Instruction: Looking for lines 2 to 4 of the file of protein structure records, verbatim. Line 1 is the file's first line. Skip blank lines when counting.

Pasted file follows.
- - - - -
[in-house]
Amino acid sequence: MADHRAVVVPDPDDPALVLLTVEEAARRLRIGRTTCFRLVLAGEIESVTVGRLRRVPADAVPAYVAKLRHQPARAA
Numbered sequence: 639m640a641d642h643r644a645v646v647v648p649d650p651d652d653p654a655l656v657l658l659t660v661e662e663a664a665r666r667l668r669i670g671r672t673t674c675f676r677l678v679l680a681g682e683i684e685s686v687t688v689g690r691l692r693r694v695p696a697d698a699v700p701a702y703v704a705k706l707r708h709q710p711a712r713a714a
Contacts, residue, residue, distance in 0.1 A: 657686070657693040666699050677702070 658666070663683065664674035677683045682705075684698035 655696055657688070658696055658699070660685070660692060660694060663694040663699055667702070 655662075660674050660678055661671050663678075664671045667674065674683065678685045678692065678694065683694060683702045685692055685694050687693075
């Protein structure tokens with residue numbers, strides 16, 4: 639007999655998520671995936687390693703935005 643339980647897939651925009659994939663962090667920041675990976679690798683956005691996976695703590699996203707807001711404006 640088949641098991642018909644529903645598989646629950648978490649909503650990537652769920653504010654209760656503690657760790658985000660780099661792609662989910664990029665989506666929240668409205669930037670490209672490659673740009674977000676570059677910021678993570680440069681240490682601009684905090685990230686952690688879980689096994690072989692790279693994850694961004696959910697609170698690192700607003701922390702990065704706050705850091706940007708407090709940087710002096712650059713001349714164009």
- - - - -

Amino acid sequence: MADHRAVVVPDPDDPALVLLTVEEAARRLRIGRTTCFRLVLAGEIESVTVGRLRRVPADAVPAYVAKLRHQPARAA
Numbered sequence: 639m640a641d642h643r644a645v646v647v648p649d650p651d652d653p654a655l656v657l658l659t660v661e662e663a664a665r666r667l668r669i670g671r672t673t674c675f676r677l678v679l680a681g682e683i684e685s686v687t688v689g690r691l692r693r694v695p696a697d698a699v700p701a702y703v704a705k706l707r708h709q710p711a712r713a714a
Contacts, residue, residue, distance in 0.1 A: 657686070657693040666699050677702070 658666070663683065664674035677683045682705075684698035 655696055657688070658696055658699070660685070660692060660694060663694040663699055667702070 655662075660674050660678055661671050663678075664671045667674065674683065678685045678692065678694065683694060683702045685692055685694050687693075